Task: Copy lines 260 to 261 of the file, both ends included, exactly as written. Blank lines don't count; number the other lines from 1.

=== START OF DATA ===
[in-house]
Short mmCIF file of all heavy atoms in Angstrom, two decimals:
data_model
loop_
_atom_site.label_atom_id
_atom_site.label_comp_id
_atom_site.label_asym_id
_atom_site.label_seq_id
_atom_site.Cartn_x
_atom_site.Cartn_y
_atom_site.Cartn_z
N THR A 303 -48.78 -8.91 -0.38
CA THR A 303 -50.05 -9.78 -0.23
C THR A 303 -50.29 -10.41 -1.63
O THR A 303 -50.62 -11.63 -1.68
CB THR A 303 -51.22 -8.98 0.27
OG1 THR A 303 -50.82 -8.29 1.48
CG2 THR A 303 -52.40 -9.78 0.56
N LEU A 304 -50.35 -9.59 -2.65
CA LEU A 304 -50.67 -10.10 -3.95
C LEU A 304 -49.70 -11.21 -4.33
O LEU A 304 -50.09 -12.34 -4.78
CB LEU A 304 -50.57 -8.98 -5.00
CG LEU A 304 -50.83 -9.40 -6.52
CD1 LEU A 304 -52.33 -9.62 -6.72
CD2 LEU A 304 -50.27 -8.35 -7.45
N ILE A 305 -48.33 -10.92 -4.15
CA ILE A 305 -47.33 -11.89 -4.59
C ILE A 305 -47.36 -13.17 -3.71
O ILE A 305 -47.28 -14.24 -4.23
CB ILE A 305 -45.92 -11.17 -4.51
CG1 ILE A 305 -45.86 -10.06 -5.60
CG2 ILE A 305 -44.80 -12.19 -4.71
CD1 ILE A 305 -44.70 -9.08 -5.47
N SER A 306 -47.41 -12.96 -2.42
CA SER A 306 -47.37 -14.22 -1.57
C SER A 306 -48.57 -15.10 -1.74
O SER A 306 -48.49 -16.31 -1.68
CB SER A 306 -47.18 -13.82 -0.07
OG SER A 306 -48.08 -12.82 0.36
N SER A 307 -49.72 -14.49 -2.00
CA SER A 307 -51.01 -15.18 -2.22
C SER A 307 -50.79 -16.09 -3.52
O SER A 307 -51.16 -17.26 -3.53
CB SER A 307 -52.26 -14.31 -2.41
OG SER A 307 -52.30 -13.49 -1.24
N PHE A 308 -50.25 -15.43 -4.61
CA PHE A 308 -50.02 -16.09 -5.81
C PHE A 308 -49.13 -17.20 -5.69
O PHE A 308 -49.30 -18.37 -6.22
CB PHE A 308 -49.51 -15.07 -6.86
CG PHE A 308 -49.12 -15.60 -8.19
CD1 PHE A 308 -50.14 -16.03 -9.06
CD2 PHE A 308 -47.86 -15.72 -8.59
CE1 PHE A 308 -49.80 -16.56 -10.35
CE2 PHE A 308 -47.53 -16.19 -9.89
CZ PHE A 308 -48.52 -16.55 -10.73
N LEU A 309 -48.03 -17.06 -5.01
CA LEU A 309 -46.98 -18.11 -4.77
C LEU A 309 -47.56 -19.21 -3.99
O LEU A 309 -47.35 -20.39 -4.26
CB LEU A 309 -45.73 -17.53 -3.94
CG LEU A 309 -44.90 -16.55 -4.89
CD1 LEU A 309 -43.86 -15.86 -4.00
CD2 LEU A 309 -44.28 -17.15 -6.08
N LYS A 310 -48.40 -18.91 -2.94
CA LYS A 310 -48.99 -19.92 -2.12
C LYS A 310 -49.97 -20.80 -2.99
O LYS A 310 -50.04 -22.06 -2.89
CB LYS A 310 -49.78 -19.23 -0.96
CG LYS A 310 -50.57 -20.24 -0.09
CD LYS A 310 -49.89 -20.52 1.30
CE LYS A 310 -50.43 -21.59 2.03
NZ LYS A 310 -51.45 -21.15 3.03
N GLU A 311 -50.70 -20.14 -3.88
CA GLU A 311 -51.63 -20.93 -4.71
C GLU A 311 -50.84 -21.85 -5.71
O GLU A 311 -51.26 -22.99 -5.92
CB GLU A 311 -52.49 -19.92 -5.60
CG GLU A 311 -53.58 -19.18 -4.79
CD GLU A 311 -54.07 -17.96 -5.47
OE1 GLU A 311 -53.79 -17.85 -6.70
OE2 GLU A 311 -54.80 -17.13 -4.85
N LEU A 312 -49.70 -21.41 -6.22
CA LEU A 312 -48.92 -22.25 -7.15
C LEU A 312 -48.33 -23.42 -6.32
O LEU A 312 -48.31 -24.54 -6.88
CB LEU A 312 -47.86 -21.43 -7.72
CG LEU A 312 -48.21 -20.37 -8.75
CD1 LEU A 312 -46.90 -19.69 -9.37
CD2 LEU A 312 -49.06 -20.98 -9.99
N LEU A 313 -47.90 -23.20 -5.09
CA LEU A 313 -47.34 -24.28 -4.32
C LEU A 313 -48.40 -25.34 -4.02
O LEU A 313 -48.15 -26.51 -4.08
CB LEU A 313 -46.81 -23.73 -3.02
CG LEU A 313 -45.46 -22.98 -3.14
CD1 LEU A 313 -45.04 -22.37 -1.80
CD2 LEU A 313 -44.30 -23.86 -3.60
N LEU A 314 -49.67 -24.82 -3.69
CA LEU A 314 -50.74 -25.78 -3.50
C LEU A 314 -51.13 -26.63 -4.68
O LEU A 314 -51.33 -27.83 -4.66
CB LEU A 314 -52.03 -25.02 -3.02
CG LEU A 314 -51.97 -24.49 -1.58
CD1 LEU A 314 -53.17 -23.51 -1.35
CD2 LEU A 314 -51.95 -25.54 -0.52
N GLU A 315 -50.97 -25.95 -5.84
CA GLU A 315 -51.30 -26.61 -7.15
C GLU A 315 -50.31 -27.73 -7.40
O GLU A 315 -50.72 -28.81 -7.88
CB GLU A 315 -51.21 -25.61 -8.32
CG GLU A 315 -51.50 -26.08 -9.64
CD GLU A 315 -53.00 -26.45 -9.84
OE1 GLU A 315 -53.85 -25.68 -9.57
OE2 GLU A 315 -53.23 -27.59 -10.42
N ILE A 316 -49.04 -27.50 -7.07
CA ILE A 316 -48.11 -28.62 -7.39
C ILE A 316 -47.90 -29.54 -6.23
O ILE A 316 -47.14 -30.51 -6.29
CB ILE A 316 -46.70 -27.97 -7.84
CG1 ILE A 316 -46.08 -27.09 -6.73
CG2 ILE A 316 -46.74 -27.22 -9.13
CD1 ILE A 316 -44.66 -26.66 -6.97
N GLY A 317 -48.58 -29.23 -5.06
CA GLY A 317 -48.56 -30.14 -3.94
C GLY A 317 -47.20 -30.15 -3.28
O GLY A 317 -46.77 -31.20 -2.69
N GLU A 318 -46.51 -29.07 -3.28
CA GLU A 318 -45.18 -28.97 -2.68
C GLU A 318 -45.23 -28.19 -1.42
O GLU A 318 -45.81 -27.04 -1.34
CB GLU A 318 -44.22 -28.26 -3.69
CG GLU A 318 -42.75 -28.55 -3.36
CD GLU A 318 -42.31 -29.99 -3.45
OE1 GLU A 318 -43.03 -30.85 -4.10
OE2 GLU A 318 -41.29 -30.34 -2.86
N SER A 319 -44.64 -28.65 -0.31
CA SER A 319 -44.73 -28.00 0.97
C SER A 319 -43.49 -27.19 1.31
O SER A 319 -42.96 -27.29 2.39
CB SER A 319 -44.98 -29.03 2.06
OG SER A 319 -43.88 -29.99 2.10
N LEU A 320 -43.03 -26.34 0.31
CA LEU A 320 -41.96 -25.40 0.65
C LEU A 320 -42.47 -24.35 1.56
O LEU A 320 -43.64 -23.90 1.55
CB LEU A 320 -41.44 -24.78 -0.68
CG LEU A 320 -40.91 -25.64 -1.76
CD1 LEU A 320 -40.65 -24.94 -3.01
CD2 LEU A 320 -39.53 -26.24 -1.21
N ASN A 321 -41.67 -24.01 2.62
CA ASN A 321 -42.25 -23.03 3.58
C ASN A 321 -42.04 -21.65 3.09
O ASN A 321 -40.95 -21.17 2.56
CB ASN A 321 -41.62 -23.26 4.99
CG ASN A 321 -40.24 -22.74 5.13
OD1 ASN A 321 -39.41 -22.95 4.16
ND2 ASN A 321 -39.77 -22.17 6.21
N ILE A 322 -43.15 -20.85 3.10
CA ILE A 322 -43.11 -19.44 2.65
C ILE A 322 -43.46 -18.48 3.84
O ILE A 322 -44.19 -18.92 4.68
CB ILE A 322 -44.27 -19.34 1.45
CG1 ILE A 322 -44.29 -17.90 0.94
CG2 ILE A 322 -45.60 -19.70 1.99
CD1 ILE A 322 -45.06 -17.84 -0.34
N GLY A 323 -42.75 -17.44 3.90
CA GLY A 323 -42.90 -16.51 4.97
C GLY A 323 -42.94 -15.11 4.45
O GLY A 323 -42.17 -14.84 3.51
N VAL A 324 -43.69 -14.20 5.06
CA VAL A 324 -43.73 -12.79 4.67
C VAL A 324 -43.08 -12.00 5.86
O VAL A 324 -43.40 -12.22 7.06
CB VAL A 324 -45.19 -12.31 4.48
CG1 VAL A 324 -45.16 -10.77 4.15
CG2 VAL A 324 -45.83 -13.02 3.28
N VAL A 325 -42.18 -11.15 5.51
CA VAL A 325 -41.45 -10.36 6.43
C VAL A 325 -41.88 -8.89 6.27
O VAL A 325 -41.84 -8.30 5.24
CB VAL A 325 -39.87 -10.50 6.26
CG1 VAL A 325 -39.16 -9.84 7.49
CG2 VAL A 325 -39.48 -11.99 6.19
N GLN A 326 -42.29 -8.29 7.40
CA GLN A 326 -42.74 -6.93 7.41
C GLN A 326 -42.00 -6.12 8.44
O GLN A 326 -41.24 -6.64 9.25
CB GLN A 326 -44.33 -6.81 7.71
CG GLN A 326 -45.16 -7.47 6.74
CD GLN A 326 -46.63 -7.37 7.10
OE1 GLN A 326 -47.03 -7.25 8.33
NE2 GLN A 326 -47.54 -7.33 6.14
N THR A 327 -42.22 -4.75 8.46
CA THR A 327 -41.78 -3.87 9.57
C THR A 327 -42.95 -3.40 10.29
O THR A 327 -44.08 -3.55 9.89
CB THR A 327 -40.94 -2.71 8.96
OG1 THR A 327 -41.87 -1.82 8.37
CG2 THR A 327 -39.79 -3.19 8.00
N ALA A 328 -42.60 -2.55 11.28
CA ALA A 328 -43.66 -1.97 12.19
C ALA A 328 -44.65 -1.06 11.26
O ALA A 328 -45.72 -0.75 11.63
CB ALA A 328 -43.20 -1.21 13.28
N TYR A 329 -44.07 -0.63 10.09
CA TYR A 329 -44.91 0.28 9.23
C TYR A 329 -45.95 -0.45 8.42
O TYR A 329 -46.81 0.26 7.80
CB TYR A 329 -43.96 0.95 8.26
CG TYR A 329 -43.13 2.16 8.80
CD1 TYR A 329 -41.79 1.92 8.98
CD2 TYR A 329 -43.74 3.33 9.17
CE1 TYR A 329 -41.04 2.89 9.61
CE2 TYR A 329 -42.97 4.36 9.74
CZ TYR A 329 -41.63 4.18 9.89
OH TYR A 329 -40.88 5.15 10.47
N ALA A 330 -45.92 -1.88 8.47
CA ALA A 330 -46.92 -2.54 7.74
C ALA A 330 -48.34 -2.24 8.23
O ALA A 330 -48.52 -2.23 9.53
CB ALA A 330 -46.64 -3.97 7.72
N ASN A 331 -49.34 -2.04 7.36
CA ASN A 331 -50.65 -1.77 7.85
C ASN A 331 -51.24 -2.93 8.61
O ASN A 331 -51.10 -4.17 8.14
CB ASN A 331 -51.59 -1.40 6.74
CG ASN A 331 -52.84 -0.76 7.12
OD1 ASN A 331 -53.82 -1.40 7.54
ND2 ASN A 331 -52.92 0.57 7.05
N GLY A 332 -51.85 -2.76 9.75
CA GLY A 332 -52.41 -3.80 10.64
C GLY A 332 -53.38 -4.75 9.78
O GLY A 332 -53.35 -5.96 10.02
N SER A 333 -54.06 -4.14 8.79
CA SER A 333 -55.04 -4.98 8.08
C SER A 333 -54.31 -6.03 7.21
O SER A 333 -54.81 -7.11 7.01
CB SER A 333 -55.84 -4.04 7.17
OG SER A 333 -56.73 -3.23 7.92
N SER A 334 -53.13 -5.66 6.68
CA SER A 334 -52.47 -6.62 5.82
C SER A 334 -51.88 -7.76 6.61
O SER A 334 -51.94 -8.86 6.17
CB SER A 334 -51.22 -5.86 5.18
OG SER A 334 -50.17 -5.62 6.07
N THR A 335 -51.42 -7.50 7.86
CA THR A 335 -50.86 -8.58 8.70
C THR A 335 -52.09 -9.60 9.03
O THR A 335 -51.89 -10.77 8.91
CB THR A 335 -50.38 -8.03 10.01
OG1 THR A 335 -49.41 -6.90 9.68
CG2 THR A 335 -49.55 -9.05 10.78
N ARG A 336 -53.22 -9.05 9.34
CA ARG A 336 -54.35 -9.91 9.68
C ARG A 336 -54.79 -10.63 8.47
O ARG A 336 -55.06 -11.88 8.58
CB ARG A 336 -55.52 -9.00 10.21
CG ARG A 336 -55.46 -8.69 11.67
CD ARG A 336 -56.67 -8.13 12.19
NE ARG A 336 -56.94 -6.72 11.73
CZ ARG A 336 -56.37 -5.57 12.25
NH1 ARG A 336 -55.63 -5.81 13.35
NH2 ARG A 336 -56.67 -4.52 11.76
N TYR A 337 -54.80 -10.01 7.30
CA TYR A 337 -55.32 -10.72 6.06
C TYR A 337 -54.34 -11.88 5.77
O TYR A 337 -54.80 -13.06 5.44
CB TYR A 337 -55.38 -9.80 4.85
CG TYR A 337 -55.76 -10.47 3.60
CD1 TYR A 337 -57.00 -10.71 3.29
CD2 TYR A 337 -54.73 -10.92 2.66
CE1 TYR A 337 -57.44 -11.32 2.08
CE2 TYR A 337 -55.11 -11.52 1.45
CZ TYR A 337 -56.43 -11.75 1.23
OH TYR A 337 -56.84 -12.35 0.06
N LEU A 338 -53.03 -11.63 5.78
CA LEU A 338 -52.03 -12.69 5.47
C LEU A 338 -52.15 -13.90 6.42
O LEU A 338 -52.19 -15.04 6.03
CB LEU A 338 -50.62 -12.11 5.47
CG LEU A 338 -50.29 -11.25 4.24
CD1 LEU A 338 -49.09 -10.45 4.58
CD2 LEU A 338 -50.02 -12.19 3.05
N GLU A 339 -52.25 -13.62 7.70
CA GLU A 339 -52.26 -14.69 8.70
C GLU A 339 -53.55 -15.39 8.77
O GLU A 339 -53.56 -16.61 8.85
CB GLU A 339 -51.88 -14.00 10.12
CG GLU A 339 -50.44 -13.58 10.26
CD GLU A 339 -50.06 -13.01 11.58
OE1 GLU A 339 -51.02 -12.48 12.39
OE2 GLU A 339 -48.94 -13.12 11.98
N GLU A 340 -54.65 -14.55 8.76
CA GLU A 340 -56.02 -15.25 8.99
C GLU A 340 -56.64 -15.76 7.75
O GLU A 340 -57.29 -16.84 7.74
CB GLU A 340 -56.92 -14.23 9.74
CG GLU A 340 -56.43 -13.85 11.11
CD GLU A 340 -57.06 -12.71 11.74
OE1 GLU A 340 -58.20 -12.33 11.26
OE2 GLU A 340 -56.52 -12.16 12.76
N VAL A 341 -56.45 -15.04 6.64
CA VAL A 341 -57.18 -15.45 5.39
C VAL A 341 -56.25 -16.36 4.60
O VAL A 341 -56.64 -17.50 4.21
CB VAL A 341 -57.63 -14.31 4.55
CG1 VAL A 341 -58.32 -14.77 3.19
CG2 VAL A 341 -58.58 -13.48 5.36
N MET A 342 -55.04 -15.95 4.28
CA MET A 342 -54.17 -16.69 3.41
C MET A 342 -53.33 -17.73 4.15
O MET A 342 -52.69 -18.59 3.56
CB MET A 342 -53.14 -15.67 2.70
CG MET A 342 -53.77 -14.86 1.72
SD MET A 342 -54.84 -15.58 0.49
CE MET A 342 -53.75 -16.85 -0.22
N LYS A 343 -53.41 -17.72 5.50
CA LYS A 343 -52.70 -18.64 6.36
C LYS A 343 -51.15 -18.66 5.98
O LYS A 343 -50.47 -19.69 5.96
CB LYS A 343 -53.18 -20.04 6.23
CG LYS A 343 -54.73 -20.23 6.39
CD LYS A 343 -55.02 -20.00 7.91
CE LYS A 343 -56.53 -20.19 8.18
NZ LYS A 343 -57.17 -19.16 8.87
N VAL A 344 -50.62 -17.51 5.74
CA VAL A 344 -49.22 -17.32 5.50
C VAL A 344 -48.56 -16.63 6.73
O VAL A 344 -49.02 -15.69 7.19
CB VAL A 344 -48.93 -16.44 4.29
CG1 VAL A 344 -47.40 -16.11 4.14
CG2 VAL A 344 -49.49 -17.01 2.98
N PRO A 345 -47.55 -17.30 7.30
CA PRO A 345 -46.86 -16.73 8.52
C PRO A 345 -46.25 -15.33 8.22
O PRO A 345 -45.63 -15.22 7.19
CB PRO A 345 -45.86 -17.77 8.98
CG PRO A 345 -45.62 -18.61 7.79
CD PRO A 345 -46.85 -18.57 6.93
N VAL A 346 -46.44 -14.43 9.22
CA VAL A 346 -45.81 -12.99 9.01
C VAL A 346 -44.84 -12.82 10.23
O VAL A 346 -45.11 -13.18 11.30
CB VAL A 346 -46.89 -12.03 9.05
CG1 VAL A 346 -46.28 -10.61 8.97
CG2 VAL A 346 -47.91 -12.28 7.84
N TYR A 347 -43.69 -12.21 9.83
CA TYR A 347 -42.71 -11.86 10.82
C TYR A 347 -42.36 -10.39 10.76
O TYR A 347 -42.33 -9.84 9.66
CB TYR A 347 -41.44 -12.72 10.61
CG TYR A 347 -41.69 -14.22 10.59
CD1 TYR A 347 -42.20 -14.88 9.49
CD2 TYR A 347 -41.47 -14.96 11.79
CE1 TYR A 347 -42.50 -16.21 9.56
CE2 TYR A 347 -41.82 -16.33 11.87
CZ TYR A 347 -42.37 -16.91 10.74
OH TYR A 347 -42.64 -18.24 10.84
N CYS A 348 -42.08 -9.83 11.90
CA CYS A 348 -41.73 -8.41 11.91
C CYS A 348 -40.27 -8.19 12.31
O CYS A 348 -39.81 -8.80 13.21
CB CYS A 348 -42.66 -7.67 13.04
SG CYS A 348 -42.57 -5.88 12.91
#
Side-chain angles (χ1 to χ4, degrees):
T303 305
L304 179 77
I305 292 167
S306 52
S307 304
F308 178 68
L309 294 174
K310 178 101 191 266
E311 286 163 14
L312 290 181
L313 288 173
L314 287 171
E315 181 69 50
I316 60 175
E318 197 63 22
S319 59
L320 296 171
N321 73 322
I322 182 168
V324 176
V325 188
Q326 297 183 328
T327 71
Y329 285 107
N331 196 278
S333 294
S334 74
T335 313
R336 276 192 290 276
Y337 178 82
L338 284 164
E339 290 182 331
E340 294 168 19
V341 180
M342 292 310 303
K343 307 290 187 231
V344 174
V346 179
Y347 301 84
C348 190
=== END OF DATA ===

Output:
CG ARG A 336 -55.46 -8.69 11.67
CD ARG A 336 -56.67 -8.13 12.19